I loved having my daughter co-sleep with me, and that was a very hard thing to give up so that we could all start sleeping better at night.
Why is my Baby still Feeding at Night?
Before diving into how to stop breastfeeding at night, it’s also important to understand why your baby is still seeking your breasts when waking up at night. This behavior is called “comfort nursing” and it means that your child is sucking at your breasts for another purpose besides feeding.
In other words, your baby is finding comfort in sucking at your breasts, similarly to how they could find comfort in a pacifier. This usually increases in frequency when your baby is going through a period of discomfort, such as teething or a growth spur.
Your child has also developed a sleep association between nursing and falling asleep, so they can’t go back to sleep by themselves (self-settle) unless they feed. When this happens, you’ll find that they always fall asleep with your nipples still in their mouth.
The reason why I want you to be aware of this is that, as parents, when we reach the point of exhaustion we tend to get quite upset with our babies and expect the impossible in a very short time frame. This tends to happen particularly when babies go through a painful phase (i.e. teething, being sick, etc.) and require more comfort instead of having to undergo rigid sleep training.
So, wherever you are in your breastfeeding journey, if you want to stop breastfeeding your baby at night, remember to be patient and that your little human is just trying to do his/her best with what they know. Adjusting to a new routine and a new reality for them is not easy either.
How to Stop Breastfeeding at Night for 1 Year Old Babies
Once you’ve established that you are ready to stop breastfeeding your 1 year old at night, here’s what you need to do.
1) Give your Baby Time to Self-Settle
All babies (and adults too!) wake up at night, and a brief rousing doesn’t necessarily mean your little one is hungry. They might just be fussing, so give them a chance to settle back in before rushing in to settle / feed them.
Now, if you are reading this post, it probably means you are past this point and your baby’s crying only escalates until you go in. But if not, it’s always worth giving it a try.
I have found this step to be particularly hard with my second daughter, as I was constantly worried she was going to wake her older sister up with all the crying (nobody wants 2 kids crying at night at the same time!).
I do try to let her cry a little bit (2-3 minutes) and see if she self-settles. If not, or if the crying rapidly escalates and she stands in the crib, then I would go in straight away.
I have also learnt pretty soon with my first daughter that if the crying escalates too much, then it also takes much longer to re-settle your baby to sleep.
2) Remove Feeding as a Sleep Association
If your baby doesn’t settle back to sleep by themselves, then you need to teach them how to do so without feeding first. You need to remove that sleep association between feeding and falling asleep, and this is when sleep training comes in to play.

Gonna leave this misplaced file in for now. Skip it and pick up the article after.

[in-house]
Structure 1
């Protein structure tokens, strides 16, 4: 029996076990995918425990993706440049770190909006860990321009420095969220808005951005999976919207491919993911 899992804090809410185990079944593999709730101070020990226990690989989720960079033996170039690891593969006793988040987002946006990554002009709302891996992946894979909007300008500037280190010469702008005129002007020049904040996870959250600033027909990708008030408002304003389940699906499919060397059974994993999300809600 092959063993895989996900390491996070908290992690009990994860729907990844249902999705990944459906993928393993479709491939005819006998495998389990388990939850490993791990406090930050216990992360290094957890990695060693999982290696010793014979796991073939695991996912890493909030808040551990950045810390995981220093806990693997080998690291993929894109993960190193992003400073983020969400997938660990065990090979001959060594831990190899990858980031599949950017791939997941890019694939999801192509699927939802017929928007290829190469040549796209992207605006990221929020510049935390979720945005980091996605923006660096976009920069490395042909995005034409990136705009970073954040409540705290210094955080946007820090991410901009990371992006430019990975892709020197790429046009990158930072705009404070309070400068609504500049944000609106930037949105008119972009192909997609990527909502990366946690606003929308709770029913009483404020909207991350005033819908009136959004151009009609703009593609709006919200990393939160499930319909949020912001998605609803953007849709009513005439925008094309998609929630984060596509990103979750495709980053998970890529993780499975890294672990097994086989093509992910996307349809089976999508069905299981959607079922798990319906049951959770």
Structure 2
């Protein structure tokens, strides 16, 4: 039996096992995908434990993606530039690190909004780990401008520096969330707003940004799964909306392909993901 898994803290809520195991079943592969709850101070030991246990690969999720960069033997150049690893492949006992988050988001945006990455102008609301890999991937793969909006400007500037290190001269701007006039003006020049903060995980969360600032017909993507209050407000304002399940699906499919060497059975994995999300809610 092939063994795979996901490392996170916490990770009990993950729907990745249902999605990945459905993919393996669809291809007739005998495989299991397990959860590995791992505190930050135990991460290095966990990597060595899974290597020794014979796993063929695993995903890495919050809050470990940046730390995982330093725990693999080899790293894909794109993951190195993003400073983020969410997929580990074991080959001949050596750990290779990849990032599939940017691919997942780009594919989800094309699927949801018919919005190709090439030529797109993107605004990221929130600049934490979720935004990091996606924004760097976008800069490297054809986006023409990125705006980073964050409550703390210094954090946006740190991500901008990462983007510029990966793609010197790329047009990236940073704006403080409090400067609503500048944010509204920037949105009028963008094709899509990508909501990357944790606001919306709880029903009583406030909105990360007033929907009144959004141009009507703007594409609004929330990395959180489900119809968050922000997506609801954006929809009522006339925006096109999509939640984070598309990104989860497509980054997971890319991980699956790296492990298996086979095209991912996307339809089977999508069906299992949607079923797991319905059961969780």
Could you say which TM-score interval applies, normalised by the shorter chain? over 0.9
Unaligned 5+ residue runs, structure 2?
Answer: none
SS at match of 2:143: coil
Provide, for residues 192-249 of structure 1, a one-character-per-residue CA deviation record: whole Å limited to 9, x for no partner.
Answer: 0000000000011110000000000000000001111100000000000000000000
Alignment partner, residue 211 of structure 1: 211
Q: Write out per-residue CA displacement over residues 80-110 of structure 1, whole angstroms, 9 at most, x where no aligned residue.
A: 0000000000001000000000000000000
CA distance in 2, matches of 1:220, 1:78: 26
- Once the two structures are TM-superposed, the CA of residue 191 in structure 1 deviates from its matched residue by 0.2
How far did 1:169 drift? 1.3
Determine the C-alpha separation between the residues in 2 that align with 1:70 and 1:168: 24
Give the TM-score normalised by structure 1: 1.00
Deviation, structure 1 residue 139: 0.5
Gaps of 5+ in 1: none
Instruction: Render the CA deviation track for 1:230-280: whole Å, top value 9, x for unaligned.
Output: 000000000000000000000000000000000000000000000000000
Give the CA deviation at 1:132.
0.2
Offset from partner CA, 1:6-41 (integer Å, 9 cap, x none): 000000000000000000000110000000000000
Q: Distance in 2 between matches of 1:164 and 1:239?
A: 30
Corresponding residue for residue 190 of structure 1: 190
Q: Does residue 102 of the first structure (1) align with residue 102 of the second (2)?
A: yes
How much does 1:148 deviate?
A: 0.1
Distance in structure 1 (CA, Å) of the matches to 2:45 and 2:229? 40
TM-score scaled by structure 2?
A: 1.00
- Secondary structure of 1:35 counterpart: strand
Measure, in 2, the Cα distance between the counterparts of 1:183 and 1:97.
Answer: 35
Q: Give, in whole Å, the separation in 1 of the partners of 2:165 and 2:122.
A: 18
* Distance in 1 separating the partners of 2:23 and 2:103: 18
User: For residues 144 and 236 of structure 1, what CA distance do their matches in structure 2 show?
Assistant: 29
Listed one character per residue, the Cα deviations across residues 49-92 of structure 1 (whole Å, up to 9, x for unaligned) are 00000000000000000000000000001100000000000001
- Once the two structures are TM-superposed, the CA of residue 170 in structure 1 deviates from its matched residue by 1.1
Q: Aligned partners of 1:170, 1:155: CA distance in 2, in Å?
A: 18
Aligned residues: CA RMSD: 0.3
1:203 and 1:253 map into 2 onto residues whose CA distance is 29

Now, there are different sleep training methods that you can use: either the so called “gentle sleep training methods” or the Cry-It-Out method. While the CIO method involves letting your baby cry indefinitely until they fall asleep, the gentle sleep training methods have a more gradual approach and involve little to no crying.
Like I mentioned before, I tried the CIO method with my first daughter and I swore I am never going to do it again. I honestly found it to be too hard on both baby and the parents, and only effective in the short term. Instead, I would highly recommend any of the gentle sleep training methods, as these give enough time to all the family members to adapt to the new changes in habits and routines.
I am also a strong believer that no gentle sleep training method is better than the other. I think they can all work and you need to be the one to choose which one will work best for you and your baby. Remember that we all have different personalities (babies included) and what works for one family might not work for another.
The Kim West’s Sleep Lady Shuffle Method
I personally found the Kim West’s Sleep Lady Shuffle method to work best with my daughter when wanting to stop breastfeeding at night.
This is a variation of the Chair, or Sleep Lady Shuffle Sleep Training Method, which consists in a parent sitting in a chair near the crib until their baby falls asleep. Gradually, the parent moves farther and farther away from the crib until they are right outside the door. Eventually, they will no longer need the chair at all.
You are not supposed to give your baby attention: the reason you are in the chair is only to reassure them that you are there with them.
The Kim’s West’s Sleep Lady Shuffle method, on the other hand, lets you attend to your baby periodically, verbally and/or physically and then you can go back to your chair. I like the fact that I could pat my daughter or or chant the sound “om”, util she learned to self-settle. Also, I couldn’t fit a chair in her room, so I just sat on the floor or stood by the side of the crib and gradually moved away.
If you want to try this method, I would recommend doing the following: